GT4 racing is great. Precious few series boast the diversity of a GT4 grid - everything from a Cayman to a Camaro has a GT4 racer, Alpine A110 to Audi R8 - with close competition on some great tracks. The cars are accessible and tremendous fun to drive, too, providing you get the Paddock Hill braking point correct...
To make the most of this, and presumably to mark its recent success (the 570S GT4 has won the Scandinavian GT title, taken wins in British GT and triumphed in Pirelli GT4 America) McLaren has opted to blur the lines between race and road like never before and build a road-going GT4 car: the 620R, a forthcoming model variant leaked to PH by someone lucky enough to be near the top of a retailer's call sheet.
A first-rate relationship with your local McLaren dealer is going to be essential if the car had you at hello because the manufacturer's official response to PH's request for further information was succinct: "This is a car we are offering to select customers by invitation only." By 'select' it would probably help to have a 600LT already on the driveway (as our willing PHer does) and of course 'by invitation' means that the 620R will be neither cheap nor plentiful. Expect the car to be lower volume than the LT - and more expensive, too.
The return on investment, though, is likely to be significant. Even with just two pictures to go on, it's clear that McLaren has upped its track-focussed game when compared to the 600LT. Plainly this is a race car made road legal rather than a road car aimed at occasional track use. The aerodynamic package, most prominently the rear spoiler, front splitter, intake arrangement and diffuser, all migrate from the GT4. It wouldn't be a race car, even one for the road, without some front aero flics, either, which are present and correct just ahead of what looks like the same 18-inch magnesium wheels. See that new roof scoop, too, and the fact that the 620R forgoes the LT's direct-exit exhaust for the race car's configuration. It'll sound different, then. But presumably it'll be the transformative effect on the handling characteristics which will stand as the new model's defining feature.
At the risk of reading too much into a rendering, side-by-side comparison with the 600LT indicates that the 620R is notably lower than its sibling, suggesting that the car has probably earned the GT4's coilover springs and adjustable dampers - and potentially its wider track as well. Just how much of that new aero package is adjustable remains to be seen - obviously the race car can be adapted to meet the demands of an individual circuit. Carbon ceramic brakes are a near certainty, and tyre choice is likely to be extensive, too. McLaren has a proven history of doing such things properly when it really sets its mind to it.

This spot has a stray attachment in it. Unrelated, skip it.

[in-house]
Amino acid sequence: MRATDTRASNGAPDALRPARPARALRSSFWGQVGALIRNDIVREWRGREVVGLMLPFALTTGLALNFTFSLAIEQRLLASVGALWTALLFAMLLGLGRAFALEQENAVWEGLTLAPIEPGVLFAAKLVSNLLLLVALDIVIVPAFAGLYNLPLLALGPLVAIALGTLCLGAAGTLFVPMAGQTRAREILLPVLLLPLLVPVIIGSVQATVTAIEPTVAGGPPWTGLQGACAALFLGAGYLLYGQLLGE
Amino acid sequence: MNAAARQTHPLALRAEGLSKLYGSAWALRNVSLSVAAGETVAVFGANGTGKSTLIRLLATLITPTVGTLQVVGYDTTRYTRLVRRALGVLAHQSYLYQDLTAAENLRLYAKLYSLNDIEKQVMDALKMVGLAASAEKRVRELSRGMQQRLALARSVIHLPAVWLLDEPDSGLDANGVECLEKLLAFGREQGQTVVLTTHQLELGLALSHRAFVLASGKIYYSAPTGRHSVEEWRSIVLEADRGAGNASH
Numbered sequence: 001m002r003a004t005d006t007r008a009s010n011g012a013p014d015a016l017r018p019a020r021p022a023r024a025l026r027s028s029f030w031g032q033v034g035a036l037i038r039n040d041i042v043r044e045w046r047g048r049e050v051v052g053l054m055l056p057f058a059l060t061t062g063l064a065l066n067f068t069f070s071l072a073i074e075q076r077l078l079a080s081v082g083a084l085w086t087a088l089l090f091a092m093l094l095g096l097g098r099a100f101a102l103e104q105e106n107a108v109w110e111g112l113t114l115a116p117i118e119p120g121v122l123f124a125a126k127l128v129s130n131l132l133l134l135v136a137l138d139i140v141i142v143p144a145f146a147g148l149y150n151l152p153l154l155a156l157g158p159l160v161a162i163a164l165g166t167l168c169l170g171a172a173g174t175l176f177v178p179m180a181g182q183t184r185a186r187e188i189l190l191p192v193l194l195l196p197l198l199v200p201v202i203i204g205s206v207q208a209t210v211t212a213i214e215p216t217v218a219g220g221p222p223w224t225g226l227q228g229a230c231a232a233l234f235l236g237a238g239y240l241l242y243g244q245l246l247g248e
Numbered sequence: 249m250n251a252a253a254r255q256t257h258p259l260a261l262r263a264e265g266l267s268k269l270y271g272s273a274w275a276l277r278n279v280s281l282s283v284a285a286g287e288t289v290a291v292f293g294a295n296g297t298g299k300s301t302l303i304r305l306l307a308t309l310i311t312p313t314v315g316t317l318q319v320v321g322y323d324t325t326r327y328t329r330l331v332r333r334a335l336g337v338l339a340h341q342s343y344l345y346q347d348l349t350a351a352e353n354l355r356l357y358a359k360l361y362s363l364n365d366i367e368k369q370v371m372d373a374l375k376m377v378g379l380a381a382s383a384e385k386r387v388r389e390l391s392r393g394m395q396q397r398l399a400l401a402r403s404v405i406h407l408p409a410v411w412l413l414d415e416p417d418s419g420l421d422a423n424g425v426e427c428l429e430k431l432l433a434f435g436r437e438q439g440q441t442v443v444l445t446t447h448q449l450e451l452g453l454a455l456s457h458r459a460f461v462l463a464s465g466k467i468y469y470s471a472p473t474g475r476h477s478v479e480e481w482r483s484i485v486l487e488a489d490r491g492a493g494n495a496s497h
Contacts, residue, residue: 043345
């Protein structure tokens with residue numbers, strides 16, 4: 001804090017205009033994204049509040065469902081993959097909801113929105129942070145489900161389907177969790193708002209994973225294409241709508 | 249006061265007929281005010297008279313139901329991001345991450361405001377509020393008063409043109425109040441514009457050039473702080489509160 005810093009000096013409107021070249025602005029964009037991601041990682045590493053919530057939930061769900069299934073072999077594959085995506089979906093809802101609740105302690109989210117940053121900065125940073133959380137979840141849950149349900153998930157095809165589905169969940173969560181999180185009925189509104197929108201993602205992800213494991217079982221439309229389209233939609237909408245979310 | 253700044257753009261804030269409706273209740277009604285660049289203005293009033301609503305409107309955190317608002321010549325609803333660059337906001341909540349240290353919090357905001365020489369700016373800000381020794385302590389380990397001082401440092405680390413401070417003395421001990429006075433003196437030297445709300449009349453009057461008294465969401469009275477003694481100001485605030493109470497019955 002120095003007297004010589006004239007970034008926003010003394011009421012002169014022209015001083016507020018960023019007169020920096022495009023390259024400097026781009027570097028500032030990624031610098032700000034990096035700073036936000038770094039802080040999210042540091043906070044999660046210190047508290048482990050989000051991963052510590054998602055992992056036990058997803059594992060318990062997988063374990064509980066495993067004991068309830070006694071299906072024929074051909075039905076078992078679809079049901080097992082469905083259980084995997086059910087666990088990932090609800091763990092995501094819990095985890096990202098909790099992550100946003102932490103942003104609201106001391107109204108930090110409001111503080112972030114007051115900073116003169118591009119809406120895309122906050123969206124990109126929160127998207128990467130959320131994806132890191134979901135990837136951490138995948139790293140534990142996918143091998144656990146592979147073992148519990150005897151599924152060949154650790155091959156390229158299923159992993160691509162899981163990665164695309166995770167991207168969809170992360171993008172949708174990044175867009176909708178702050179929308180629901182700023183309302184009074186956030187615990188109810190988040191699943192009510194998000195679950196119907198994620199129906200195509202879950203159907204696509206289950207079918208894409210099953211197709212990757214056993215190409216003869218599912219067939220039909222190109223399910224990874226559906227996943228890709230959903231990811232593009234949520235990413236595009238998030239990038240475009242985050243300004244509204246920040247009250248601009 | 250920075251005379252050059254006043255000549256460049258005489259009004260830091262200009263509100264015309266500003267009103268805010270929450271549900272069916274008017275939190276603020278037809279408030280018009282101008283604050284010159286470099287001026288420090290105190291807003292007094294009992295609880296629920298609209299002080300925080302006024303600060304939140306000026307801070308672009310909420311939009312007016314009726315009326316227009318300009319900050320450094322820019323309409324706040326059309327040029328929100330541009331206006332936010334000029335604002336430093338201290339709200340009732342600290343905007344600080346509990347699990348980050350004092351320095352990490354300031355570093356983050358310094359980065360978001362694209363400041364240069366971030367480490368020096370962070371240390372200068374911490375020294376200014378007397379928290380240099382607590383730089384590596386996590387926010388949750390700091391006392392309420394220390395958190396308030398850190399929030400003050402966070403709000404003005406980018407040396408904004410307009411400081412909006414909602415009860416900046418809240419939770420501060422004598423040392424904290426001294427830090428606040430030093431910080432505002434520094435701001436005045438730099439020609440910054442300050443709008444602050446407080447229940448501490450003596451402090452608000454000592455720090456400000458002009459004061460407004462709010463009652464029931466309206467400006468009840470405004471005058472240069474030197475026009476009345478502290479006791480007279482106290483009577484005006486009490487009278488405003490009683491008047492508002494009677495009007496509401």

It also has some history when it comes to redeploying the GT4's dramatic look. Fans of the brand may recall the MSO X, a run of ten 570S cars commissioned by McLaren Newport Beach in January of last year which exactly mimicked the racing car's appearance. Of course, that was more of styling exercise, but the stripped-out interior (pictured) at least gives some indication of where the manufacturer might have gone with the 620R's cabin. Certainly you can expect all non-essential items to have been jettisoned, and while the renderings suggest that McLaren has foregone the installation of a roll cage, even more carbon fibre is almost certain to feature, alongside bucket seats, six-point harnesses, track telemetry and (we're all hoping) a button-strewn new steering wheel.
Among the few things we can chalk up as absolute certainties is a power upgrade over the 600LT. Here the new model obviously diverges from the restricted GT4 racer; McLaren nomenclature rules dictate that it is a 620hp car, making it the most powerful Sports Series variant yet. Given its positioning in what is now a five-year-old life cycle, and its anticipated introduction early next year, that may very well mean that it is intended as a farewell to the 570S generation. Appropriate, then, that McLaren has chosen a previously unused designation for it.
The 'R' classification would appear to signify a previously untapped relationship between race and road car. McLaren has turned road cars into track machines before - most recently with the Senna GTR - but has typically left it to aftermarket tuners to transform its circuit-only creations back to road-legal status. The 620R's introduction seems to signal a new determination to take this process in-house; particularly if the firm is responding to customer demand for something even more extreme following the arrival of the 600LT.
With production of the coupe gradually winding up - only the Spider is still available to order - it's plausible that buyers of the Longtail might feel somewhat shortchanged by the introduction of what is virtually guaranteed to be a quicker model - hence the strictly limited status of the 620R's production run and the early push by retailers. The latter will feel like they know the names of anyone longing to extract yet more performance from what is already a terrifically fast car - and will have lined up their allocation accordingly. Lucky for some, eh? We look forward to finding out just how lucky as the model's technical specification - and final price - are revealed in the coming weeks. And for anyone who's phone hasn't been ringing off the hook, we humbly direct your attention here and here. No pre-qualification needed.